Preparing for your appointmentBy Mayo Clinic Staff
You'll probably first visit your primary care doctor. But he or she may then refer you to a doctor who specializes in skin diseases (dermatologist) or to an allergy specialist.
Preparing a list of questions will help you make the most of your time with your doctor. For chronic hives, some basic questions to ask your doctor include:
- What is likely causing my symptoms?
- How long will these hives last?
- What kinds of tests do I need? Do these tests require any special preparation?
- What treatments are available, and which do you recommend?
- Do these treatments have any side effects?
- Do I need prescription medication, or can I use over-the-counter medications to treat the condition?
- Does the medicine you're prescribing me have a generic version?
- I have other health problems. Is the treatment you recommend compatible with those conditions?
What to expect from your doctor
Your doctor is likely to ask you questions such as:
- What symptoms do you have, and when did you first begin experiencing them?
- Do you have tightness in your chest or throat, nausea, or difficulty breathing?
- Have you had any viral or bacterial infections recently?
- What medications, herbal remedies and supplements do you take?
- Have you tried any new foods recently?
- Have you traveled to a new place?
- Do you have a family history of hives or angioedema?
- What, if anything, appears to improve or worsen your symptoms?
What you can do in the meantime
If you're experiencing mild hives, these tips may help relieve your symptoms:
July 22, 2016
- Avoid irritating the affected areas.
- Cool the affected area with a shower, fan, cool cloth or soothing lotion.
- Wear loose, light clothing.
- Use over-the-counter antihistamines to help relieve the itching.
- Hives. American Academy of Dermatology. http://www.aad.org/dermatology-a-to-z/diseases-and-treatments/e---h/hives. Accessed Jan. 29, 2014.
- Hives (urticaria). American College of Allergy, Asthma and Immunology. http://www.acaai.org/allergist/allergies/Types/skin-allergies/hives/Pages/default.aspx. Accessed Jan. 29, 2014.
- Khan DA. Chronic urticaria: Standard management and patient education. http://www.uptodate.com/home. Accessed Jan. 29, 2014.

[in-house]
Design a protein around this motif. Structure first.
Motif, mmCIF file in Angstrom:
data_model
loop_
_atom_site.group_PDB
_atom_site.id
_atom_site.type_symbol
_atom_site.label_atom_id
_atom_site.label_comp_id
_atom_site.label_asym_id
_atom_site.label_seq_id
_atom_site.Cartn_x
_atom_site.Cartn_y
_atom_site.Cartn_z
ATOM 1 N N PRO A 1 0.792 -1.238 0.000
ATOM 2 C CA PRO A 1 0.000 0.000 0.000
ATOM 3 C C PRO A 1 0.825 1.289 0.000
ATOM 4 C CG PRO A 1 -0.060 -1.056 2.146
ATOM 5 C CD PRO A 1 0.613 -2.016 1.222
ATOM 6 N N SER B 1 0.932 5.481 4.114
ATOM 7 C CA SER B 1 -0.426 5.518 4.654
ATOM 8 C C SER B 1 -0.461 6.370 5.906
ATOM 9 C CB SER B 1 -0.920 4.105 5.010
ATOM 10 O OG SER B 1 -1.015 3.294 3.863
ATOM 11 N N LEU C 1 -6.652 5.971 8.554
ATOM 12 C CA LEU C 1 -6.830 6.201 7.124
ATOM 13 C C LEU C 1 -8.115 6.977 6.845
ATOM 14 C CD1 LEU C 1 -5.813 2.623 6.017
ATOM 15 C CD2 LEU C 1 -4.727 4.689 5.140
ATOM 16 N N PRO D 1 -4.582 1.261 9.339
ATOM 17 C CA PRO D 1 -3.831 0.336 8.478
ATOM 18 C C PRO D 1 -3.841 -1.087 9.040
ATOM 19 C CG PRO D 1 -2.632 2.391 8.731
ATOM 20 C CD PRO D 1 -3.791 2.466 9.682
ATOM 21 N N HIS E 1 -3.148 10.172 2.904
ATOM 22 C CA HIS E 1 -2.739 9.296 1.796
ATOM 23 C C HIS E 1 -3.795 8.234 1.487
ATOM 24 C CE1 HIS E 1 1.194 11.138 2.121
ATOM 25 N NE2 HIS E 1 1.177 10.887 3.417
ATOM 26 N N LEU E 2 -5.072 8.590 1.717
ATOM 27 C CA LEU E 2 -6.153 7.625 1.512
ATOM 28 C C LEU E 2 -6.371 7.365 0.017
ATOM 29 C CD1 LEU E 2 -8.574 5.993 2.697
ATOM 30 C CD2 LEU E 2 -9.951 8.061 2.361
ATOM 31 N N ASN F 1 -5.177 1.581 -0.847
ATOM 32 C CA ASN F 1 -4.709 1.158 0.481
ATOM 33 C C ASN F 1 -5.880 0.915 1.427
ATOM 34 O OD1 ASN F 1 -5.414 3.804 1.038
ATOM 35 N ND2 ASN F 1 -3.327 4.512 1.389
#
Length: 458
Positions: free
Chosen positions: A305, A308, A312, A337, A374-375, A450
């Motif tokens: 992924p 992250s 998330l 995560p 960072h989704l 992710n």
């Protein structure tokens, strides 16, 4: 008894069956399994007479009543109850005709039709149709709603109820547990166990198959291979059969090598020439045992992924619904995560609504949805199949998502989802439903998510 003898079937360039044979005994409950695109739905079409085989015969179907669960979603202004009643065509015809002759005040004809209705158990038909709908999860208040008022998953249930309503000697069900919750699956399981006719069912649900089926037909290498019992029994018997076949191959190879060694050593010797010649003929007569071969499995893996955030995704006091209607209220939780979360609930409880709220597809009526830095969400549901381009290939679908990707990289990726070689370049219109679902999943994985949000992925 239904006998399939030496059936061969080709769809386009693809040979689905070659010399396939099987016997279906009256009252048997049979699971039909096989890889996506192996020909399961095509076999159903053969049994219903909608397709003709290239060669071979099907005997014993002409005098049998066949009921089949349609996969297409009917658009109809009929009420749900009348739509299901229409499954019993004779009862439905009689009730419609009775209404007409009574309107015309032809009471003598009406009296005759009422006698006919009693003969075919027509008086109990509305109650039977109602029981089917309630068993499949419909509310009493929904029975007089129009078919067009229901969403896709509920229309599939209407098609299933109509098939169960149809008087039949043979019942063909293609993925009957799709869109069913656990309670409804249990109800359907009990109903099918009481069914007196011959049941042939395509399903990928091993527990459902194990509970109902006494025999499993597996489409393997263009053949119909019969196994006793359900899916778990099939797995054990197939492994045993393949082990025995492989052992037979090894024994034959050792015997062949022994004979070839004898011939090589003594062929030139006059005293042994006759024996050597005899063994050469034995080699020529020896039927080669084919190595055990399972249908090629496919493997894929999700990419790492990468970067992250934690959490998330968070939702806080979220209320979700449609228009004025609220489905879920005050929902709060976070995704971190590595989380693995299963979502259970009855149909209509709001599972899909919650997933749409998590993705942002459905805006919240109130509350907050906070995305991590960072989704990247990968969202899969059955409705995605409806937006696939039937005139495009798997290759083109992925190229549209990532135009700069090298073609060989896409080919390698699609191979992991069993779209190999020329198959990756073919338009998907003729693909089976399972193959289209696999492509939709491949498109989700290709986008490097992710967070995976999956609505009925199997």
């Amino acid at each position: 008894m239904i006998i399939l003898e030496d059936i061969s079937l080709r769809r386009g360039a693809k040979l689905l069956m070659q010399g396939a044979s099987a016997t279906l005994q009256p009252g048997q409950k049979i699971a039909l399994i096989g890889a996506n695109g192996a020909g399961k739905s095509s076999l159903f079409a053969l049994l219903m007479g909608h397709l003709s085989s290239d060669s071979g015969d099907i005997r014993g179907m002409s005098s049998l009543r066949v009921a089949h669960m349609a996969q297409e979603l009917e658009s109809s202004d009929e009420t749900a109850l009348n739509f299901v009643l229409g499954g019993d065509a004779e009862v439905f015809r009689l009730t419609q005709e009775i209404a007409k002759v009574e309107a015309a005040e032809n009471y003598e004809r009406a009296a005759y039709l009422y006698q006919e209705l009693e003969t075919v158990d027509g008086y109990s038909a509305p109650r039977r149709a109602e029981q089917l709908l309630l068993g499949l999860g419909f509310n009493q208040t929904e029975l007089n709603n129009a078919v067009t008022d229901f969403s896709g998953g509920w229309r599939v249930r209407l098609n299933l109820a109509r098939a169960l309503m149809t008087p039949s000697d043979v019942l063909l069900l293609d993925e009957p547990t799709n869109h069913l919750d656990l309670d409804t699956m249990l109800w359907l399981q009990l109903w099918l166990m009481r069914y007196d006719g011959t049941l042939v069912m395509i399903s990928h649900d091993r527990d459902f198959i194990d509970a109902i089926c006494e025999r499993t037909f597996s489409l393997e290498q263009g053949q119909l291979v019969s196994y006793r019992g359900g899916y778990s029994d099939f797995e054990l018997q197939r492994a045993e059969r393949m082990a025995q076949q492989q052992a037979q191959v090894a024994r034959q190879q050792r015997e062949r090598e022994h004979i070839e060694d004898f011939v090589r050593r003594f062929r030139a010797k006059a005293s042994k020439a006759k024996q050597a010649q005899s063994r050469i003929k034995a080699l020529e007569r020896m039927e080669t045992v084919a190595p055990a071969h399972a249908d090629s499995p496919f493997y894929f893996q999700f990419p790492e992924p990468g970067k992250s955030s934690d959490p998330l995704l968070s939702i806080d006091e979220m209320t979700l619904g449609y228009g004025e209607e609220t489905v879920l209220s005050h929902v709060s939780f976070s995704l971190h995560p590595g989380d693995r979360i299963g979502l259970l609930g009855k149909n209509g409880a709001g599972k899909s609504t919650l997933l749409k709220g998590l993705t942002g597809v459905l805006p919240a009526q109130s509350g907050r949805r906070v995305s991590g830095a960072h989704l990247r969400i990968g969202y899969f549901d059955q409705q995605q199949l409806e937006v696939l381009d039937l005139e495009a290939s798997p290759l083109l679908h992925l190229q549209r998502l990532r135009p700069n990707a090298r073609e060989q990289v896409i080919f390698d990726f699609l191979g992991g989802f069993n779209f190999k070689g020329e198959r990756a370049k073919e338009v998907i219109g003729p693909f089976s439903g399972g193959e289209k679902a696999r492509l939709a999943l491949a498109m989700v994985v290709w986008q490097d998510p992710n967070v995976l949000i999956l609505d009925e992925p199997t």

- Goldsmith LA, et al., eds. Fitzpatrick's Dermatology in General Medicine. 8th ed. New York, N.Y.: The McGraw-Hill Companies; 2012. http://www.accessmedicine.com/resourceTOC.aspx?resourceID=740. Accessed Jan. 29, 2014.
- Khan DA. Chronic urticaria: Treatment of refractory symptoms. http://www.uptodate.com/home. Accessed Feb. 3, 2014.
- Bolognia JL, et al. Dermatology. 3rd ed. Philadelphia, Pa.: Elsevier; 2012. http://www.clinicalkey.com. Accessed Jan. 29, 2014.
- Uysal P, et al. An algorithm for treating chronic urticaria with omalizumab: Dose interval should be individualized. Journal of Allergy and Clinical Immunology. In press. Accessed Jan. 30, 2014.
- Saini SS. Chronic spontaneous urticaria: Etiology and pathogenesis. Immunology and Allergy Clinics of North America. 2014;34:33.
- Kaplan A, et al. Omalizumab in patients with symptomatic chronic idiopathic/spontaneous urticaria despite standard combination therapy. Journal of Allergy and Clinical Immunology. 2013;132:101.
- Darlenski R, et al. Chronic urticaria as a systemic disease. Clinics in Dermatology. In press. Accessed Jan. 30, 2014.
- Ferri FF. Ferri's Clinical Advisor 2014: 5 Books in 1. Philadelphia, Pa.: Mosby Elsevier; 2014. http://www.clinicalkey.com. Accessed Jan. 30, 2014.
- Casale TB. Omalizumab for chronic urticaria. Journal of Allergy and Clinical Immunology: In Practice. 2014;2:118.
- Khan DA. Alternative agents in refractory chronic urticaria: Evidence and considerations on their selection and use. Journal of Allergy and Clinical Immunology: In Practice. 2013;1:433.
- Metz M, et al. Omalizumab is an effective and rapidly acting therapy in difficult-to-treat chronic urticaria: A retrospective clinical analysis. Journal of Dermatological Science. 2014;73:57.
- Pizzorno JE, et al. Textbook of Natural Medicine. 4th ed. St. Louis, Mo.: Churchill Livingstone Elsevier; 2013. http://www.clinicalkey.com. Accessed Jan. 31. 2014.
- Sussman G, et al. Real-life experiences with omalizumab for the treatment of chronic urticaria. Annals of Allergy, Asthma and Immunology. In press. Accessed Jan. 31, 2014.
- Neuropsychiatric events with certain asthma drugs. FDA Patient Safety News: Show #89, August 2009. U.S. Food and Drug Administration. http://www.accessdata.fda.gov/scripts/cdrh/cfdocs/psn/printer.cfm?id=1050. Accessed Feb. 6, 2014.